It will be understood that in general terms, the combination of spring contact 206 and contact 210 form a first sensing device that senses the position of a connector mated with the connector on which they are installed. Similarly, the combination of spring contact 208 and contact 212 form a second sensing device that senses the position of a connector mated with the connector on which they are installed. While these sensing devices have been disclosed as simple spring contacts, the sensing devices are not limited to this example and may include any switch or switch-like device, proximity sensor, or other presence sensing device, using any desired technology whether presently known or unknown.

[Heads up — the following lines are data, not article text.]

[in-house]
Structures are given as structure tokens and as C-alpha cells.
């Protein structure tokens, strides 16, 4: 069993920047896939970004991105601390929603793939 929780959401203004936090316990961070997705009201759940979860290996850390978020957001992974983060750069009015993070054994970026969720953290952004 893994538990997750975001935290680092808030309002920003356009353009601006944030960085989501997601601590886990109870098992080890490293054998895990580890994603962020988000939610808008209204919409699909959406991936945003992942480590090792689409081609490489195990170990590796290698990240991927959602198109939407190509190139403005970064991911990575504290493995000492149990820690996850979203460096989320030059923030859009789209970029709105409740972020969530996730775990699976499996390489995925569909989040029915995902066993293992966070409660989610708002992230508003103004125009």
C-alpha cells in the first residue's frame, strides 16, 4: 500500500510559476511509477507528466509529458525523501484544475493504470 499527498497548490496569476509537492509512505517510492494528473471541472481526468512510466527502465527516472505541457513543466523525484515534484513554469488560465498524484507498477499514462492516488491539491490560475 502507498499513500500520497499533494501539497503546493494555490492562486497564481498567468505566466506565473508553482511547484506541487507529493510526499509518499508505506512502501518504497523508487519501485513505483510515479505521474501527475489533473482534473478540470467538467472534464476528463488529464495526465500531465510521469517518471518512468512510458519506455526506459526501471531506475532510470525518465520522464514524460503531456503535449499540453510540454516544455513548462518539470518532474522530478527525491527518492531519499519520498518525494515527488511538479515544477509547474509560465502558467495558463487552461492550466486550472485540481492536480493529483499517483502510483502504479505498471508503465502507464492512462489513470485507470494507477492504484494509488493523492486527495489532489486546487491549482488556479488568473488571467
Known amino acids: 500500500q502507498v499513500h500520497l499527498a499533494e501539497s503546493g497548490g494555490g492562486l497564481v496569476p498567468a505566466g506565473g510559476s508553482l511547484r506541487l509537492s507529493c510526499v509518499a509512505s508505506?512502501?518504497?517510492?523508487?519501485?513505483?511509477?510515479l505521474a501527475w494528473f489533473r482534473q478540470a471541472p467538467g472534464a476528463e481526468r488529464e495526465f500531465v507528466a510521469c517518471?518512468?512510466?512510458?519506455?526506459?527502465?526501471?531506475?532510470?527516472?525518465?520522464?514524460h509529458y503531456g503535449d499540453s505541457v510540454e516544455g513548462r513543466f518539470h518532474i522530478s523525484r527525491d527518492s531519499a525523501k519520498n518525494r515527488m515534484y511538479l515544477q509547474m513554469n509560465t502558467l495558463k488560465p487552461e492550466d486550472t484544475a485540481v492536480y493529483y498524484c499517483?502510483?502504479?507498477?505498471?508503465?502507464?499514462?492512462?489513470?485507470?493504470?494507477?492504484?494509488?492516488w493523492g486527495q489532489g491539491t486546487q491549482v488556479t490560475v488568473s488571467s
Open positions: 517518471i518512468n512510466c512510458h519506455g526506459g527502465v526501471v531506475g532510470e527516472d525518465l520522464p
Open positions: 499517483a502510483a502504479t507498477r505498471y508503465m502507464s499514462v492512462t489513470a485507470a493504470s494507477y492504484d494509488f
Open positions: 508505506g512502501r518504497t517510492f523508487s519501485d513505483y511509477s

Indicator 218 may be any audible, visual, tactile, or other indicator that can be interpreted by a human or machine, as appropriate to the application. As one example, in many Ethernet interfaces one or more light emitting diodes (LEDs) are provided to indicate link and activity status. Indicator circuit 218 may be configured to generate an error signal by controlling these existing LEDs in a predetermined manner, such as by flashing both the link and activity lights either simultaneously or with an alternating flash pattern. In another embodiment, the indicator may include generating a signal to another circuit or system, for example a computer or game console. Software or firmware in any connected device may receive the generated error signal and produce a display of an error indication, instructions, and/or other information on a screen or display associated with the device. For example, a computer or game console may display a specific error message indicating that the wrong cable has been connected in response to a generated error indicator signal.